تجزیه و تحلیل بهره وری اقتصادی از جوامع فقر غیر متمرکز
|کد مقاله||سال انتشار||مقاله انگلیسی||ترجمه فارسی||تعداد کلمات|
|21265||2002||27 صفحه PDF||سفارش دهید||9939 کلمه|
Publisher : Elsevier - Science Direct (الزویر - ساینس دایرکت)
Journal : Journal of Housing Economics, Volume 11, Issue 4, December 2002, Pages 303–329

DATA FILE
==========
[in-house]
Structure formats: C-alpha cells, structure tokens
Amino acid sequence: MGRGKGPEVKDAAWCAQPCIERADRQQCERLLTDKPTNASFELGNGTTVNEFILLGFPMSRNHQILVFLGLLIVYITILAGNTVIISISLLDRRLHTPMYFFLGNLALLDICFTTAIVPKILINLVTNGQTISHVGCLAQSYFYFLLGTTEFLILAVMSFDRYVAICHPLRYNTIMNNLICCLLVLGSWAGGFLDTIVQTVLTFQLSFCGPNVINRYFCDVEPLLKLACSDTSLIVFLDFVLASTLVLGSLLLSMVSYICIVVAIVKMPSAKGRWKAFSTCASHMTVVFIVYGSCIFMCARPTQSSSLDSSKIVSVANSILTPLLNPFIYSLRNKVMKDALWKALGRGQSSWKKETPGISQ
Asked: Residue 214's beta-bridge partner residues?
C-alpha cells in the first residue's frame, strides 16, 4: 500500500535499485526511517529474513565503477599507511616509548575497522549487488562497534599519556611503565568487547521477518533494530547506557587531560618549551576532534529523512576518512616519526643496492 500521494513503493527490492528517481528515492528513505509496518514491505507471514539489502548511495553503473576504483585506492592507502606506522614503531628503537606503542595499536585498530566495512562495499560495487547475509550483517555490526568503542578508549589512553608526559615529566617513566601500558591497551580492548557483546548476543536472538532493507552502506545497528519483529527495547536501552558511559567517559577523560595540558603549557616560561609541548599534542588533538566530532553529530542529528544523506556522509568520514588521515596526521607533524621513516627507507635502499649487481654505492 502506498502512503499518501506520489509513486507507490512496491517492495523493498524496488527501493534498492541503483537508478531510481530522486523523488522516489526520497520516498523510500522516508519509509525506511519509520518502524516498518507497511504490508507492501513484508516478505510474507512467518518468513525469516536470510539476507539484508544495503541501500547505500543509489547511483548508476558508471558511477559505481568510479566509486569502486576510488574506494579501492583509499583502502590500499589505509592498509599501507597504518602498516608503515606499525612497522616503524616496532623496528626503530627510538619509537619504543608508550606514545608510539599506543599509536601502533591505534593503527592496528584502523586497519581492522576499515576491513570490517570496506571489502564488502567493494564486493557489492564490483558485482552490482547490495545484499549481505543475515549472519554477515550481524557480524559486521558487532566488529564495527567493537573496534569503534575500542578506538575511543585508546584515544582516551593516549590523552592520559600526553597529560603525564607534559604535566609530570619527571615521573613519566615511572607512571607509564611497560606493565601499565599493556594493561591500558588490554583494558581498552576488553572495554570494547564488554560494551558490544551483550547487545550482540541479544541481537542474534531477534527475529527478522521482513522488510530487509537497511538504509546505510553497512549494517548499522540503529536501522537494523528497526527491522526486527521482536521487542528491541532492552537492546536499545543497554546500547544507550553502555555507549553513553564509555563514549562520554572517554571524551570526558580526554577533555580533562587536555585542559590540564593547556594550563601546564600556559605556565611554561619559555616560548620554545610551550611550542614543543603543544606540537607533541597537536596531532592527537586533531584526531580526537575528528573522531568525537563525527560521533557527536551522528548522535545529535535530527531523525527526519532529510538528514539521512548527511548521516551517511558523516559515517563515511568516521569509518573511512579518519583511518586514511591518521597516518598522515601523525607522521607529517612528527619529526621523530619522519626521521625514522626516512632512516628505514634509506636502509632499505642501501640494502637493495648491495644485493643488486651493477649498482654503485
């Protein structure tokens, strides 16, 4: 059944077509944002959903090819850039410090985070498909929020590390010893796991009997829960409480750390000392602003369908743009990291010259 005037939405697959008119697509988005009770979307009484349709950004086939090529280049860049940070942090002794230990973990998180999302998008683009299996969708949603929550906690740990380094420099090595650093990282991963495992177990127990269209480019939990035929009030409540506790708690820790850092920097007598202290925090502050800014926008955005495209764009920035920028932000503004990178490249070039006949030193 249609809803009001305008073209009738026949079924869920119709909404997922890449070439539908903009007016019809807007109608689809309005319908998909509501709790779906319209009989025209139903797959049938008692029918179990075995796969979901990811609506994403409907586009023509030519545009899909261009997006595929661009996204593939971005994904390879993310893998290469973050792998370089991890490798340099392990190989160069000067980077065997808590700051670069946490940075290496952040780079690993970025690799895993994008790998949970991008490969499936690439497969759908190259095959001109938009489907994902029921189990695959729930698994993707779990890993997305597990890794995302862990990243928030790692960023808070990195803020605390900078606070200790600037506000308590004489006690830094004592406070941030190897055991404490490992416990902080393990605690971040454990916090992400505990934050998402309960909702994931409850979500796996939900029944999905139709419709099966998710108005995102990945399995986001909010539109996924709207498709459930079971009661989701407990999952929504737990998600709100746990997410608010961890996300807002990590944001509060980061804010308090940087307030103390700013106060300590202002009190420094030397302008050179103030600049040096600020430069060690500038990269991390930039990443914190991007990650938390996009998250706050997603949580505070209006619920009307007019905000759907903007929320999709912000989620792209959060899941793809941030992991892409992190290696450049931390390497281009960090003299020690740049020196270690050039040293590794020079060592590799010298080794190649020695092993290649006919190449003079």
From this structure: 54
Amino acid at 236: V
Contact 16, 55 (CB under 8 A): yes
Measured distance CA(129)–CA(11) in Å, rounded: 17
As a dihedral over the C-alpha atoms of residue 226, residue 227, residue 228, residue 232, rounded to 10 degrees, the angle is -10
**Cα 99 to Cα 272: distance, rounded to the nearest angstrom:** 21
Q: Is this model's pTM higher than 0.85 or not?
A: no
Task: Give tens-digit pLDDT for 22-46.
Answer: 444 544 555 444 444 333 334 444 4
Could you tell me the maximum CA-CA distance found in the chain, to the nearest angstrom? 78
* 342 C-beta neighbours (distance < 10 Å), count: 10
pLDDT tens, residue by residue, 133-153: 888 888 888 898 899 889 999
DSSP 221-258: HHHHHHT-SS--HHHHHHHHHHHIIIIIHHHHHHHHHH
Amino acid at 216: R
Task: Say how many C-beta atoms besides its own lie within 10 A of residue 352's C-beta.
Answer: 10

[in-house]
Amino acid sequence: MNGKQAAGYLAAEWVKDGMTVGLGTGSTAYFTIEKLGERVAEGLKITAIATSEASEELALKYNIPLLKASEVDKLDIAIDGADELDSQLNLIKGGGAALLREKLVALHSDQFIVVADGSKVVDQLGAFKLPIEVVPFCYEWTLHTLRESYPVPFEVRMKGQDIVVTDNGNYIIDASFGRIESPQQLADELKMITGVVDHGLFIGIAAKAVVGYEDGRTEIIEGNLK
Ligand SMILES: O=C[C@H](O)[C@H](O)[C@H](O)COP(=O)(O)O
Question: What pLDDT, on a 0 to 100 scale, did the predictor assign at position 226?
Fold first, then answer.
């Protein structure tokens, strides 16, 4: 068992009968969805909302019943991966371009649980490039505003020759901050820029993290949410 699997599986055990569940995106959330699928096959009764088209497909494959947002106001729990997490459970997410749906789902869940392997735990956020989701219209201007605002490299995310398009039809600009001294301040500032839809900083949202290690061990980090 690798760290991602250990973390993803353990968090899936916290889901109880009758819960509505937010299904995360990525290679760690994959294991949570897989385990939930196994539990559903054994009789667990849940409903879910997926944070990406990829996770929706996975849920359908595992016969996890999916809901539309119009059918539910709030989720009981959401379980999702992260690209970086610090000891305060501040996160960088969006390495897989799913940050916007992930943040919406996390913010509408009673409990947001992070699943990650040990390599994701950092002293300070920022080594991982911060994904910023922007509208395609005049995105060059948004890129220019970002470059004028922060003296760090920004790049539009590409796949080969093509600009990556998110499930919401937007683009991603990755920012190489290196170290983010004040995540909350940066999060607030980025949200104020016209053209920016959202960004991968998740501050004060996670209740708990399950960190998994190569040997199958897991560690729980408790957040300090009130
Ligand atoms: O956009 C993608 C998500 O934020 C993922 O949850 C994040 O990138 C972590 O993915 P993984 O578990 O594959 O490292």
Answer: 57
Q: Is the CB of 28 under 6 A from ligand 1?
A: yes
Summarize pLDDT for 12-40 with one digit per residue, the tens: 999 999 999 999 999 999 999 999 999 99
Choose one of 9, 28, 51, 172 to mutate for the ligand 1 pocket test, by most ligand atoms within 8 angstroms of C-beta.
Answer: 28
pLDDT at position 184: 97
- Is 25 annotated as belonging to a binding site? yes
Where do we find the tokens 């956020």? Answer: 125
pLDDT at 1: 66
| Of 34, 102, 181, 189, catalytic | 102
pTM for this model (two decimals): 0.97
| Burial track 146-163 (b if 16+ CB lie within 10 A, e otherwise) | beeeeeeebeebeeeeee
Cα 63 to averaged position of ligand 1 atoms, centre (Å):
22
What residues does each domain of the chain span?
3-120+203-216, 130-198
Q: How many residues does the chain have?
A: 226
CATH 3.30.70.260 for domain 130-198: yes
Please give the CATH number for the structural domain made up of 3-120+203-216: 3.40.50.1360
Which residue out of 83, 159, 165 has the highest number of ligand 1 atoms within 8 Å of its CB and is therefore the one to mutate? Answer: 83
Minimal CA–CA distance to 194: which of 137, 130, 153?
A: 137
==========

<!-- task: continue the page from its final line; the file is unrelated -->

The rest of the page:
This paper presents a comparative static analysis using a conceptual model of the social benefits and costs associated with alternative spatial distributions of the poor. This analysis demonstrates that the necessary and sufficient conditions for justifying deconcentration of the poor on the grounds of increasing net social benefits are much more stringent than is commonly believed, fundamentally involving particular sorts of non-linear relationships between neighborhood poverty rates and the propensity of neighboring individuals to engage in problem behaviors and to earn less. The paper then conducts a meta-analysis of the limited empirical evidence available. The weight of the evidence implies that net social benefits would be improved if neighborhoods with greater than about 15% poverty rates were replaced with (an appropriately larger number) of neighborhoods having less than 15% poverty rates. However, net social benefits would be smaller if neighborhoods with greater than about 40% poverty rates were replaced with (an appropriately larger number) of neighborhoods having between about 15–40% poverty rates.